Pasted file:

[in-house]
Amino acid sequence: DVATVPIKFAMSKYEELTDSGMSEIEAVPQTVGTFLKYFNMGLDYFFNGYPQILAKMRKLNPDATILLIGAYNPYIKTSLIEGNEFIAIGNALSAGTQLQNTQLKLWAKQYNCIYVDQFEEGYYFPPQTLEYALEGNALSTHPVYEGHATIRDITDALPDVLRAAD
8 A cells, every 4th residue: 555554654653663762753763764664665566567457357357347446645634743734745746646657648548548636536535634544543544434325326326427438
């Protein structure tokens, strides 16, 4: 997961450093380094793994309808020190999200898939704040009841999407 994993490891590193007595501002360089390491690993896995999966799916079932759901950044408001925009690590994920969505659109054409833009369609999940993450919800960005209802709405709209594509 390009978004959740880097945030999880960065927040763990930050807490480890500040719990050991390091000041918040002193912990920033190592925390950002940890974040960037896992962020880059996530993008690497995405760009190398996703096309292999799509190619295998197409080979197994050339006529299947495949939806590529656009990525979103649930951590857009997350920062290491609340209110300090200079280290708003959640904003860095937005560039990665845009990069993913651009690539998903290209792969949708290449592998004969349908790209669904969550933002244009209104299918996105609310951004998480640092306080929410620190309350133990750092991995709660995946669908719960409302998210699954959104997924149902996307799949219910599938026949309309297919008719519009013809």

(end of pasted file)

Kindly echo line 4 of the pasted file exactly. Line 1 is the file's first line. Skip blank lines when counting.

């Protein structure tokens, strides 16, 4: 997961450093380094793994309808020190999200898939704040009841999407 994993490891590193007595501002360089390491690993896995999966799916079932759901950044408001925009690590994920969505659109054409833009369609999940993450919800960005209802709405709209594509 390009978004959740880097945030999880960065927040763990930050807490480890500040719990050991390091000041918040002193912990920033190592925390950002940890974040960037896992962020880059996530993008690497995405760009190398996703096309292999799509190619295998197409080979197994050339006529299947495949939806590529656009990525979103649930951590857009997350920062290491609340209110300090200079280290708003959640904003860095937005560039990665845009990069993913651009690539998903290209792969949708290449592998004969349908790209669904969550933002244009209104299918996105609310951004998480640092306080929410620190309350133990750092991995709660995946669908719960409302998210699954959104997924149902996307799949219910599938026949309309297919008719519009013809």